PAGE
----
Eighteen environmental and social activist groups from seven countries in North America, Europe and Asia have announced the formation of an organisation called Living Rivers: The International Coalition for the Restoration of Rivers and Communities Affected by Dams.
The coalition says that it will focus on restoring rivers and the well-being of communities which depend on them by working to change the operating patterns of dams, drain reservoirs and remove dams.
The decision to form the group was reached at a workshop held on dam decommissioning in California, US, in July. The workshop ended with the endorsement of the Walker Creek declaration, the founding statement of the Living Rivers coalition.
The declaration claims that ‘worldwide rivers are degraded by hundreds and thousands of dams, which have flooded huge areas of the world’s most beautiful and ecologically rich habitats and the lands and homes of tens of millions of people’.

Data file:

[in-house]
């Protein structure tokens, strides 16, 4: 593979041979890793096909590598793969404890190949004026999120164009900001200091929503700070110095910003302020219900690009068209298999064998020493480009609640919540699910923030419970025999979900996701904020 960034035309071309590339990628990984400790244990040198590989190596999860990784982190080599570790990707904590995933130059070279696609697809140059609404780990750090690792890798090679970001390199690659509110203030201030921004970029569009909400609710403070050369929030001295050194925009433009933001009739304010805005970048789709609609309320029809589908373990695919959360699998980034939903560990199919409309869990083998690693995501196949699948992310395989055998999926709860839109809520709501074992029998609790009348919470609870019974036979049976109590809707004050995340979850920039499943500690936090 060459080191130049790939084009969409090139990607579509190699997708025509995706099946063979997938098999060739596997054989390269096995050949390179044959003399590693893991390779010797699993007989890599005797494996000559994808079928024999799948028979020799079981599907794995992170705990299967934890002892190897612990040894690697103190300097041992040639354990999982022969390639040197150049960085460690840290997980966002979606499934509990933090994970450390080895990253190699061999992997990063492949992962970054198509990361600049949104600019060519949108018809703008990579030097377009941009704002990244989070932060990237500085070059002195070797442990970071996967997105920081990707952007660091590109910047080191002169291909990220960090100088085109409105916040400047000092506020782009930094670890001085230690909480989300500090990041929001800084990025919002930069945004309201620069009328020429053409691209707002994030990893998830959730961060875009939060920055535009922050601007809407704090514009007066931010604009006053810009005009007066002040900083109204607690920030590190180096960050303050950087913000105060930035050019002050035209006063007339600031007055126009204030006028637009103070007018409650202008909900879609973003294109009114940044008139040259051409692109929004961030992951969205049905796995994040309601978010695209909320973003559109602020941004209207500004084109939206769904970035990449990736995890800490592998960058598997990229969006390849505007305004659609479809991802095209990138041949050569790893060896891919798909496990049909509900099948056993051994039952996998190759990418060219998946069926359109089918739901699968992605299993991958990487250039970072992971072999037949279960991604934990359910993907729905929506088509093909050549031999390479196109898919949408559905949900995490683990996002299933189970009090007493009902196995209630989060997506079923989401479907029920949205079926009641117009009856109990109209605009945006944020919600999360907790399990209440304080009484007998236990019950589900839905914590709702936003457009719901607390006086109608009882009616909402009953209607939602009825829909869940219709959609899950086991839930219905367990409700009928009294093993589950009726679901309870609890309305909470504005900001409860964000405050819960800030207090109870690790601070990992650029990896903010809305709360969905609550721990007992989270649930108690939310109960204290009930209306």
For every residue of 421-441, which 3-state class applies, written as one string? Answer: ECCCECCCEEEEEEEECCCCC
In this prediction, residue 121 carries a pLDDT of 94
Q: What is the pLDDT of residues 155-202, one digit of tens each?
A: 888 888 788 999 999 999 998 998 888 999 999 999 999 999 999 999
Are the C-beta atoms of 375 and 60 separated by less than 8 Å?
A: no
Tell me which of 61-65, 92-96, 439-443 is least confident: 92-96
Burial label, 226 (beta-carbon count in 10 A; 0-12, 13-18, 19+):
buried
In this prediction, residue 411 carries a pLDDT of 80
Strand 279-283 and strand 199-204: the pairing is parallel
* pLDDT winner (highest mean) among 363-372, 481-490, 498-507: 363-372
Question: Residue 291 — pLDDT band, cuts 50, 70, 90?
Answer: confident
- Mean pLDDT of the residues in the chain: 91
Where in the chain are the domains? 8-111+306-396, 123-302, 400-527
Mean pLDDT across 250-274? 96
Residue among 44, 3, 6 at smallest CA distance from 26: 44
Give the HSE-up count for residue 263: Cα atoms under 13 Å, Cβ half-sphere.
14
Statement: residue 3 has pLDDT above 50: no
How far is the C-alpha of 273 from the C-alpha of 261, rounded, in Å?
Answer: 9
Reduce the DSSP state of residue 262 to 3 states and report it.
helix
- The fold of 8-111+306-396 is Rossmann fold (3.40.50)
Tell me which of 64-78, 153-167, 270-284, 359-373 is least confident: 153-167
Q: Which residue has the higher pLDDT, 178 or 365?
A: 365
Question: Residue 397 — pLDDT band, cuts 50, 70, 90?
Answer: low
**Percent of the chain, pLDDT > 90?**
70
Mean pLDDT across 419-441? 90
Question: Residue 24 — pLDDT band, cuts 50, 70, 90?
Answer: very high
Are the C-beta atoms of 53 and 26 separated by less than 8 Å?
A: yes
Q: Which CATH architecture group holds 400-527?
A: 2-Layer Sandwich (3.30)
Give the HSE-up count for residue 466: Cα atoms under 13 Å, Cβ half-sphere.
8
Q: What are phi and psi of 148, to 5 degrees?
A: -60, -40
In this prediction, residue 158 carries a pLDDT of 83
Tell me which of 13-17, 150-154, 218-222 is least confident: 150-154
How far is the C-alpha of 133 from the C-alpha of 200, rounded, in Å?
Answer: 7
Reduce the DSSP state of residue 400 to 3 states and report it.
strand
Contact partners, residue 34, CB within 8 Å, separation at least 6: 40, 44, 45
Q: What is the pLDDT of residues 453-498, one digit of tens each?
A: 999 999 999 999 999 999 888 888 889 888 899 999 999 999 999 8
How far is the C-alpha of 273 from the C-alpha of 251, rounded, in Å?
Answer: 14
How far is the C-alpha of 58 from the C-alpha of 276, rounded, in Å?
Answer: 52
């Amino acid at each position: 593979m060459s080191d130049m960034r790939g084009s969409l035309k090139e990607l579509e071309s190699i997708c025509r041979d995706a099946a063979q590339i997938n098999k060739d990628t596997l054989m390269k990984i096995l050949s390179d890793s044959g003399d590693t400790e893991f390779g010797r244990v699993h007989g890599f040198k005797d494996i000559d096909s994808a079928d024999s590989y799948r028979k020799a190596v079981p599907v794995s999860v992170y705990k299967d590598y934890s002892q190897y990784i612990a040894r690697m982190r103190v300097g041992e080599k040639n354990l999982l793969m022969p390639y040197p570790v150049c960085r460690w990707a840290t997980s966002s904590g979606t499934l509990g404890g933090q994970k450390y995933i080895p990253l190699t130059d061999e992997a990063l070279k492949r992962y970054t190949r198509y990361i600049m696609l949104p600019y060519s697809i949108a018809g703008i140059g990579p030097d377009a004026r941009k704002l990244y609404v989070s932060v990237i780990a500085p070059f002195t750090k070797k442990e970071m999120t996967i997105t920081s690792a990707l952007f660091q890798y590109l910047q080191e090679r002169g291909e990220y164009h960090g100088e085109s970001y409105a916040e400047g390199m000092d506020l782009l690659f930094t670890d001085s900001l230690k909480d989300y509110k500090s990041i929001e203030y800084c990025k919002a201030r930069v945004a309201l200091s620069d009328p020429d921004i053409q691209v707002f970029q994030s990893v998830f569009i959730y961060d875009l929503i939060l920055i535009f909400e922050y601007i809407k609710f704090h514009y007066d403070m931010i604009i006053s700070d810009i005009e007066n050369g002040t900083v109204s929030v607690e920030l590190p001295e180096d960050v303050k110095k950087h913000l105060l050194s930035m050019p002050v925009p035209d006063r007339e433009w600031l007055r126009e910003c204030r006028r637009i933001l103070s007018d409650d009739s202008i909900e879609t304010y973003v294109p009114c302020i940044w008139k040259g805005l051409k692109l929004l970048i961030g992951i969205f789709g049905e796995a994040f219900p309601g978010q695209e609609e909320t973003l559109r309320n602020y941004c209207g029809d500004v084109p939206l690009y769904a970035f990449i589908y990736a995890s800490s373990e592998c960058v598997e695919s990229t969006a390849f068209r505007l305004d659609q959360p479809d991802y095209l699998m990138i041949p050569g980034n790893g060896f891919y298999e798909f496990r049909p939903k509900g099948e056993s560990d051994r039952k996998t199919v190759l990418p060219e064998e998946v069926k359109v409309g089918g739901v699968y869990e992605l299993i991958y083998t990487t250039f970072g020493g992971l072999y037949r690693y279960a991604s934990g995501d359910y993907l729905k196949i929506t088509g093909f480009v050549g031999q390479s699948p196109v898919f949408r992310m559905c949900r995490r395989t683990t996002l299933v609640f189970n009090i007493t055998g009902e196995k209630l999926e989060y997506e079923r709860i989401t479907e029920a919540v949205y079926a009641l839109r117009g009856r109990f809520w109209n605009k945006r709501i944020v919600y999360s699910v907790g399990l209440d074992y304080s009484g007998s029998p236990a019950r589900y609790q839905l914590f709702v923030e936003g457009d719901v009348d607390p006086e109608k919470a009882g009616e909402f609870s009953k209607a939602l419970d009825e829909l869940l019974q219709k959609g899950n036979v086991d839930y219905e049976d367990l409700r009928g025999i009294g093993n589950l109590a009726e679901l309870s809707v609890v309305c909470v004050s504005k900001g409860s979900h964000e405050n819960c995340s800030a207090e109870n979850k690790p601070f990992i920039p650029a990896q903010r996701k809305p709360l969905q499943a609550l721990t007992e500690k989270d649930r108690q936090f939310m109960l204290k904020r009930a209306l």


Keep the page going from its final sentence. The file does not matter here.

Although the declaration acknowledges that many dams do provide services for society, such as power, water storage and flood protection, the coalition claims that ‘we now know these services often can be met in less damaging ways’.
The coalition claims that ‘many dams are now obsolete’ and their continued existence and operation must be justified on the grounds of ecological and social impacts, economics and safety. Living Rivers says it will endeavour to work to ensure that the newly formed World Commission on Dams assesses the issue of dam decommissioning in depth.
Organisations connected with the new Living Rivers coalition include the Intern-ational Rivers Network in the US and Save the Narmada Movement in India.